Thankfully, Unnamed Press solicited blurbs from adoptee and Asian diasporic writers, because as an adoptee I have a terrible time asking strangers to do me favors for fear they will say no.

Say no they did, and I did not get a single blurb.

Though Unnamed Press sent out Advanced Reader Copies of my book to entice reviewers, only a few publications reviewed it.

Most disappointingly, the rapturous reception I imagined from adoptee readers eager for authentic stories did not happen.

However, in doing marketing for the novel, I began to come in contact with adoptee groups. Though my thoughts on adoption had become increasingly urgent and all-consuming over the years, I had never been a part of an adoptee community. Adopted during the Baby Scoop era, when adoption was still secretive and shameful, I grew up in isolation, and didn’t meet another self-identifying adoptee until I was 13. I was in my late twenties when I first encountered another Korean adoptee. During my teen and young adult years, there was no social media to facilitate connections with other adoptees.


First, I connected with a local group of Korean adoptees through whom I learned about an organization that ran homeland tours, which I went on, meeting other mixed-race adoptees and realizing that community was a crucial component to my adoption journey. On that trip, I learned to embrace the sadness, not to deny it, because grief is an inextricable part of the adoption experience. I learned to accept my vulnerability instead of bluster it away. I learned that it was enough to listen and recognize someone’s pain, that it wasn’t my role to downplay or fix it, but to be a witness.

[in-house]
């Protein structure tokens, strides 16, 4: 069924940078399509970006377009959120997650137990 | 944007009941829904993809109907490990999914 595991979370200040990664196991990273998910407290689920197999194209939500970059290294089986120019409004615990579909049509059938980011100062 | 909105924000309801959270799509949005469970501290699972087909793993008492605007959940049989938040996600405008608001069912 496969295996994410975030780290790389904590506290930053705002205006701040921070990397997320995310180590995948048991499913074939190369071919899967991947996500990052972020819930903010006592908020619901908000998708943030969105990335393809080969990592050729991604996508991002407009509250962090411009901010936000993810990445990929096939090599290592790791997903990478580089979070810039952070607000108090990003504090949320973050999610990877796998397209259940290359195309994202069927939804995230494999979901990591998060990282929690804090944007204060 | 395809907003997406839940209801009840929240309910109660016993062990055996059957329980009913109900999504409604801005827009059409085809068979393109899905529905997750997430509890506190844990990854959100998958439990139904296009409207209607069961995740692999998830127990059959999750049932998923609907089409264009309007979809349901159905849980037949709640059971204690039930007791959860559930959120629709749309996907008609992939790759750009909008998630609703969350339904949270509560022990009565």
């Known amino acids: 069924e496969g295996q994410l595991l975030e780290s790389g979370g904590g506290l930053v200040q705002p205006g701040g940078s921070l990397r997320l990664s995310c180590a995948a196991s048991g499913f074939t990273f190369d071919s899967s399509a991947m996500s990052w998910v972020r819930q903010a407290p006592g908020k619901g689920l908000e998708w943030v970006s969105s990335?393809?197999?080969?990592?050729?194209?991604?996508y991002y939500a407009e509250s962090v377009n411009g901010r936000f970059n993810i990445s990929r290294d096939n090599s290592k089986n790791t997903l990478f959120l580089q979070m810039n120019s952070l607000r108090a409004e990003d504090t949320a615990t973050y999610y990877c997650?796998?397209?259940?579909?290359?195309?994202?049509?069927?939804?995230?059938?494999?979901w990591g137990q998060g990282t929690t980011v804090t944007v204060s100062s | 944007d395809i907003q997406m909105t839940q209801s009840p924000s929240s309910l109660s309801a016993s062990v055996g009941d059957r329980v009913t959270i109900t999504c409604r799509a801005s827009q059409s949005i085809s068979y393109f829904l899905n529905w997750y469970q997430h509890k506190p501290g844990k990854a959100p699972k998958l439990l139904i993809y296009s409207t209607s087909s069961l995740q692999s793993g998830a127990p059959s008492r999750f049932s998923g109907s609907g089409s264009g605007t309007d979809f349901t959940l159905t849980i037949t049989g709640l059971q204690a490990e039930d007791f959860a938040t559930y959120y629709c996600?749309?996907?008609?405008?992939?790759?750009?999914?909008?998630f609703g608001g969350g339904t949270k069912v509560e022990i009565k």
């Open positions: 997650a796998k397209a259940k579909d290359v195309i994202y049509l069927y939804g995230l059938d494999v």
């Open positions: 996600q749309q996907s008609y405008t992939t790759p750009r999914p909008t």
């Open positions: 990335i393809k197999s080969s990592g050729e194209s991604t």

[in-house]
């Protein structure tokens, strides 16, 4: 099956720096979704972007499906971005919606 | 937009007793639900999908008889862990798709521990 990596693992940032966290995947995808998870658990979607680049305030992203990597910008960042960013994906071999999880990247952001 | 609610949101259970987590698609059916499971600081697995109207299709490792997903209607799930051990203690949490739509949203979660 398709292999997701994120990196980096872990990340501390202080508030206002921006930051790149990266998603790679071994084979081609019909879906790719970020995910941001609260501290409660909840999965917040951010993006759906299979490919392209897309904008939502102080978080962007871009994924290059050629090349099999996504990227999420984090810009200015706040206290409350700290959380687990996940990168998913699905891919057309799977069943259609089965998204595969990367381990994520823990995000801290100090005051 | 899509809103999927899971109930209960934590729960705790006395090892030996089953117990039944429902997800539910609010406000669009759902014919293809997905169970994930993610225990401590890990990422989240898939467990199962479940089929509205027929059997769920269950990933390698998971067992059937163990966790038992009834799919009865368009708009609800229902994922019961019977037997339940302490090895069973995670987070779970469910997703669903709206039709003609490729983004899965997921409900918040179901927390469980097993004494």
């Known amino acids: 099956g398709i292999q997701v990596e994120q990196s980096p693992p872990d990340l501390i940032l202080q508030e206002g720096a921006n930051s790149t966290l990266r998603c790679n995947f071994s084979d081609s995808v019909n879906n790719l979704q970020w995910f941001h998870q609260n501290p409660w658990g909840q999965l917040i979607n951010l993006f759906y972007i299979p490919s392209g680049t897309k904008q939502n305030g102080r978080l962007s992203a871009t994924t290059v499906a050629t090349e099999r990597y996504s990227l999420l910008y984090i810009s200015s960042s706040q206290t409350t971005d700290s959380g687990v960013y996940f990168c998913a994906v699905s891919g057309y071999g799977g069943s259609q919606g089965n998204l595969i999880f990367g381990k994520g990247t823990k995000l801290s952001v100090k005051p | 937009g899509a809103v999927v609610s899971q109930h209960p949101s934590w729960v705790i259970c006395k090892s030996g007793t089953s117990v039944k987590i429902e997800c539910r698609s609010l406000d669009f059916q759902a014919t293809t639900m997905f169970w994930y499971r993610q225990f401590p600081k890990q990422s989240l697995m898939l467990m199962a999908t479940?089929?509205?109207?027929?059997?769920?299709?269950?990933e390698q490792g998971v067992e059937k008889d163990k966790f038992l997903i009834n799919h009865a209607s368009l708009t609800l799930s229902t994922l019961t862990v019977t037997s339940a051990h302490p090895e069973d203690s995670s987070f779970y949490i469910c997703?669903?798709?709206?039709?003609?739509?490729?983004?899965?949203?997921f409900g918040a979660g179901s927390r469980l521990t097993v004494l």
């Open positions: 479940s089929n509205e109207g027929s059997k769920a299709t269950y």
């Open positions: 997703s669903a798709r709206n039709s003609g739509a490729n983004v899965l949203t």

Each adoptee connection would lead to another connection, like a link in a chain, until one day, I found myself a part of a community. Or rather, as adoptees are not a monolith, a part of various communities, including the hapa, KAD, adoptee rights, and adoptee writing communities. I feel a close and personal connection with a large number of people who I have never met in person, safe to share with them things that I haven’t told some of my oldest and closest friends.

I confess, I had hoped my fresh perspective on the adoption story would gain attention and literary acclaim, and therefore help to change the popular view of adoption. It is still my hope that Famous Adopted People will contribute to changing the narrative around adoption.

But I realize now that my reward for writing my adoption novel has been much greater than the rapturous reviews and literary acclaim that I initially envisioned. Instead of bringing the adoption community to me, my novel brought me to the adoption community.



Alice Stephens’ debut novel, "Famous Adopted People," was published in 2018 by Unnamed Press. She is the editor of Bloom and writes book reviews and a column, Alice in Wordland, for the Washington Independent Review of Books.